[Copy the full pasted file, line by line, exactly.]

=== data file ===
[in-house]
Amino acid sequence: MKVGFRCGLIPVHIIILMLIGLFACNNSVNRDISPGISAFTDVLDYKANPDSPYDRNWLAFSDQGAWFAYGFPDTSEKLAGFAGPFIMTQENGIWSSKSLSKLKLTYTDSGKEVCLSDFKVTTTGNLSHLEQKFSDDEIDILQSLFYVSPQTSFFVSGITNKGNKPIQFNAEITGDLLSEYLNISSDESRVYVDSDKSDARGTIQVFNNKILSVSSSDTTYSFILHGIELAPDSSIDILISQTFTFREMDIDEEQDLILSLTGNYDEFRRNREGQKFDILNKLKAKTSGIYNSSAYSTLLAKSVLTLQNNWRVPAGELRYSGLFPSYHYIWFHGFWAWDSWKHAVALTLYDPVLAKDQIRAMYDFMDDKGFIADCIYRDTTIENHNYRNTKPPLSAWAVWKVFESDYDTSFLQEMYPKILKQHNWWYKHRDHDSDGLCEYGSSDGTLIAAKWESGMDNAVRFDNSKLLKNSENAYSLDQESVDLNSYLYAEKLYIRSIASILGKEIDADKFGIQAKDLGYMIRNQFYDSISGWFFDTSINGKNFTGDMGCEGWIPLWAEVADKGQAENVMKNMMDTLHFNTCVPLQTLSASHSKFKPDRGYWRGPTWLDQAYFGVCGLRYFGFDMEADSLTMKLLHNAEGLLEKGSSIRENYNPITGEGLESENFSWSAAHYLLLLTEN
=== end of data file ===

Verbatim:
[in-house]
Amino acid sequence: MKVGFRCGLIPVHIIILMLIGLFACNNSVNRDISPGISAFTDVLDYKANPDSPYDRNWLAFSDQGAWFAYGFPDTSEKLAGFAGPFIMTQENGIWSSKSLSKLKLTYTDSGKEVCLSDFKVTTTGNLSHLEQKFSDDEIDILQSLFYVSPQTSFFVSGITNKGNKPIQFNAEITGDLLSEYLNISSDESRVYVDSDKSDARGTIQVFNNKILSVSSSDTTYSFILHGIELAPDSSIDILISQTFTFREMDIDEEQDLILSLTGNYDEFRRNREGQKFDILNKLKAKTSGIYNSSAYSTLLAKSVLTLQNNWRVPAGELRYSGLFPSYHYIWFHGFWAWDSWKHAVALTLYDPVLAKDQIRAMYDFMDDKGFIADCIYRDTTIENHNYRNTKPPLSAWAVWKVFESDYDTSFLQEMYPKILKQHNWWYKHRDHDSDGLCEYGSSDGTLIAAKWESGMDNAVRFDNSKLLKNSENAYSLDQESVDLNSYLYAEKLYIRSIASILGKEIDADKFGIQAKDLGYMIRNQFYDSISGWFFDTSINGKNFTGDMGCEGWIPLWAEVADKGQAENVMKNMMDTLHFNTCVPLQTLSASHSKFKPDRGYWRGPTWLDQAYFGVCGLRYFGFDMEADSLTMKLLHNAEGLLEKGSSIRENYNPITGEGLESENFSWSAAHYLLLLTEN